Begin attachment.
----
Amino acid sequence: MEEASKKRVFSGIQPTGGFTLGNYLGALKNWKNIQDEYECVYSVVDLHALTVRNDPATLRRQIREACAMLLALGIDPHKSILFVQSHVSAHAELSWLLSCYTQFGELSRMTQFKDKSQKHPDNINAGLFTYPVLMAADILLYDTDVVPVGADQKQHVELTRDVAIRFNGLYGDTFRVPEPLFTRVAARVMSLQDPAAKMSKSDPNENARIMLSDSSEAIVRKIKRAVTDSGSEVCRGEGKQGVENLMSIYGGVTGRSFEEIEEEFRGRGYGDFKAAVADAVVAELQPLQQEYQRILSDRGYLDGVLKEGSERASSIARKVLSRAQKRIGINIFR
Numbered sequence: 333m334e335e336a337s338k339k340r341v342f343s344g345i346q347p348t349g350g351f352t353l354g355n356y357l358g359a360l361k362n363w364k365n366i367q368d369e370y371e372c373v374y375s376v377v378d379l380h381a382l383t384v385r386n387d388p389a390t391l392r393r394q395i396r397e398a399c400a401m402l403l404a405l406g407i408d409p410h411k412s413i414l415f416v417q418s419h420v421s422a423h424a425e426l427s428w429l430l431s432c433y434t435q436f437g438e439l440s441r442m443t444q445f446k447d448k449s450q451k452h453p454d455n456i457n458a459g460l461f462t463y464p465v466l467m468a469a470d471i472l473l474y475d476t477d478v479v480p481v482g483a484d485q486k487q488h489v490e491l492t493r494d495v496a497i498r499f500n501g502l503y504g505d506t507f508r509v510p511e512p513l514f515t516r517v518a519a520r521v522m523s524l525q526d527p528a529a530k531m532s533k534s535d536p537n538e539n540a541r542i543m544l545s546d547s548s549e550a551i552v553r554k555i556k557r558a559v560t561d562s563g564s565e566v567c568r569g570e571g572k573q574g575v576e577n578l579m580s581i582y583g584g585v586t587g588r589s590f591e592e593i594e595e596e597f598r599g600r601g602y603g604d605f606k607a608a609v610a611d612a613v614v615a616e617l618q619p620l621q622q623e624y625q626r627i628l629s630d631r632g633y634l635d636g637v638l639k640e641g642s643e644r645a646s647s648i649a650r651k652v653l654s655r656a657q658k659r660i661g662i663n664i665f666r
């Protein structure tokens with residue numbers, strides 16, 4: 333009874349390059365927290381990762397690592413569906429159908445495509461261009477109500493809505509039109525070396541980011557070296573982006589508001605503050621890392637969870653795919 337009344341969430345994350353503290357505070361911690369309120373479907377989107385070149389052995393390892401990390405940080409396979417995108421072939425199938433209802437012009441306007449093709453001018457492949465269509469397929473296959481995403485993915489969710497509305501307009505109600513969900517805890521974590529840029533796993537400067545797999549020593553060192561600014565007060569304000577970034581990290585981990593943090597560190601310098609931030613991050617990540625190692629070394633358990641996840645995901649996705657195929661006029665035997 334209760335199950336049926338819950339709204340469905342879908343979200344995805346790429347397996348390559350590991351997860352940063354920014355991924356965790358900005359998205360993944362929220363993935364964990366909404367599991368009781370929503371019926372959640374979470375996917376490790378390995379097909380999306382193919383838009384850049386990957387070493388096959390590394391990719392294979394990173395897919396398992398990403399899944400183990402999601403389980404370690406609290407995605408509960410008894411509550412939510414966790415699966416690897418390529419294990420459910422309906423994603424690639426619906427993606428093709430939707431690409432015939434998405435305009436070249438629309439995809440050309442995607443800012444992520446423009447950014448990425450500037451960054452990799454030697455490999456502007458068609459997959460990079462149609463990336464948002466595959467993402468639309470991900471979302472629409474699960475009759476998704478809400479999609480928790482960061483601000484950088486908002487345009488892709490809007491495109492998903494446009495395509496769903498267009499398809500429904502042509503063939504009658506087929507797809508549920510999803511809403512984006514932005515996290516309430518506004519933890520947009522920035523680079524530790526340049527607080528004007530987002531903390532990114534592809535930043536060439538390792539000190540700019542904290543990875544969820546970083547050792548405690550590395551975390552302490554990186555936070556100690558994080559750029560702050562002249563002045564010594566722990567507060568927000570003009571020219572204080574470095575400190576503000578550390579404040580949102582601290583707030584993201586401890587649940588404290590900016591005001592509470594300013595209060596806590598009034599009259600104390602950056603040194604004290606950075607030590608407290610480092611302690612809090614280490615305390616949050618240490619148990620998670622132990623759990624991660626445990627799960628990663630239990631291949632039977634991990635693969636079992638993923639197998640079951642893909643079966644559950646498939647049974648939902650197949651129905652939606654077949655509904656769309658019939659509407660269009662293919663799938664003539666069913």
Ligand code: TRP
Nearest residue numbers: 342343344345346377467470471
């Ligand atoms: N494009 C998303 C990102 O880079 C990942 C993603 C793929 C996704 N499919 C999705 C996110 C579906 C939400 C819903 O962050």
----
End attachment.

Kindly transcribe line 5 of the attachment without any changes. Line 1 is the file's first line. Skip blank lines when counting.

Nearest residue numbers: 342343344345346377467470471